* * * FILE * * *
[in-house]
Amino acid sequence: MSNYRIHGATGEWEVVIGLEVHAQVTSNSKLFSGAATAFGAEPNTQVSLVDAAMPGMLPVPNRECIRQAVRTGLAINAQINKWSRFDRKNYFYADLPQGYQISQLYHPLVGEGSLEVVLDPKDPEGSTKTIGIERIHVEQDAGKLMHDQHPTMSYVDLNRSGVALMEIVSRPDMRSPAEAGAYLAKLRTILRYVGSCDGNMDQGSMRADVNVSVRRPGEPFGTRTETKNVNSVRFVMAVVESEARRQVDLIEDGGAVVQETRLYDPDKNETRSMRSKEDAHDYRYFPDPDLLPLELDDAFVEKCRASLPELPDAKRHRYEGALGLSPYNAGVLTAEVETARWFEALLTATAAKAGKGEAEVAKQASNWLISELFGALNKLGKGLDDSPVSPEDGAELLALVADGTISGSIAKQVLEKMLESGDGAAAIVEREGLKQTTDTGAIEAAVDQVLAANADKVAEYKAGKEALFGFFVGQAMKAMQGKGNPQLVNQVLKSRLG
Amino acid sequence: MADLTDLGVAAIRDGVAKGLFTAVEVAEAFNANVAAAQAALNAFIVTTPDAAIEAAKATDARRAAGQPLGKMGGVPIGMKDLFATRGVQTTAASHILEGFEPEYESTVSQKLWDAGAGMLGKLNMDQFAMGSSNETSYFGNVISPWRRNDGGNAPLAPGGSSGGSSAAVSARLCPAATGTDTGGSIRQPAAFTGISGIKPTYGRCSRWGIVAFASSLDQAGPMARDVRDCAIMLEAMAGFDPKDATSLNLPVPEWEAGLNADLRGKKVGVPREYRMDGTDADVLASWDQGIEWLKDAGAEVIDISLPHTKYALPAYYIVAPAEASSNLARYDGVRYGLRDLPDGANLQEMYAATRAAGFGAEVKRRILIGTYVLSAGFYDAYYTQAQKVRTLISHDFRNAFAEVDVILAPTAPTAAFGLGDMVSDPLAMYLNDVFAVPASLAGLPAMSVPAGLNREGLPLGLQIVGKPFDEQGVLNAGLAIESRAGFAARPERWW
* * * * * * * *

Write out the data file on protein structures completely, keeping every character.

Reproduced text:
[in-house]
Amino acid sequence: MSNYRIHGATGEWEVVIGLEVHAQVTSNSKLFSGAATAFGAEPNTQVSLVDAAMPGMLPVPNRECIRQAVRTGLAINAQINKWSRFDRKNYFYADLPQGYQISQLYHPLVGEGSLEVVLDPKDPEGSTKTIGIERIHVEQDAGKLMHDQHPTMSYVDLNRSGVALMEIVSRPDMRSPAEAGAYLAKLRTILRYVGSCDGNMDQGSMRADVNVSVRRPGEPFGTRTETKNVNSVRFVMAVVESEARRQVDLIEDGGAVVQETRLYDPDKNETRSMRSKEDAHDYRYFPDPDLLPLELDDAFVEKCRASLPELPDAKRHRYEGALGLSPYNAGVLTAEVETARWFEALLTATAAKAGKGEAEVAKQASNWLISELFGALNKLGKGLDDSPVSPEDGAELLALVADGTISGSIAKQVLEKMLESGDGAAAIVEREGLKQTTDTGAIEAAVDQVLAANADKVAEYKAGKEALFGFFVGQAMKAMQGKGNPQLVNQVLKSRLG
Amino acid sequence: MADLTDLGVAAIRDGVAKGLFTAVEVAEAFNANVAAAQAALNAFIVTTPDAAIEAAKATDARRAAGQPLGKMGGVPIGMKDLFATRGVQTTAASHILEGFEPEYESTVSQKLWDAGAGMLGKLNMDQFAMGSSNETSYFGNVISPWRRNDGGNAPLAPGGSSGGSSAAVSARLCPAATGTDTGGSIRQPAAFTGISGIKPTYGRCSRWGIVAFASSLDQAGPMARDVRDCAIMLEAMAGFDPKDATSLNLPVPEWEAGLNADLRGKKVGVPREYRMDGTDADVLASWDQGIEWLKDAGAEVIDISLPHTKYALPAYYIVAPAEASSNLARYDGVRYGLRDLPDGANLQEMYAATRAAGFGAEVKRRILIGTYVLSAGFYDAYYTQAQKVRTLISHDFRNAFAEVDVILAPTAPTAAFGLGDMVSDPLAMYLNDVFAVPASLAGLPAMSVPAGLNREGLPLGLQIVGKPFDEQGVLNAGLAIESRAGFAARPERWW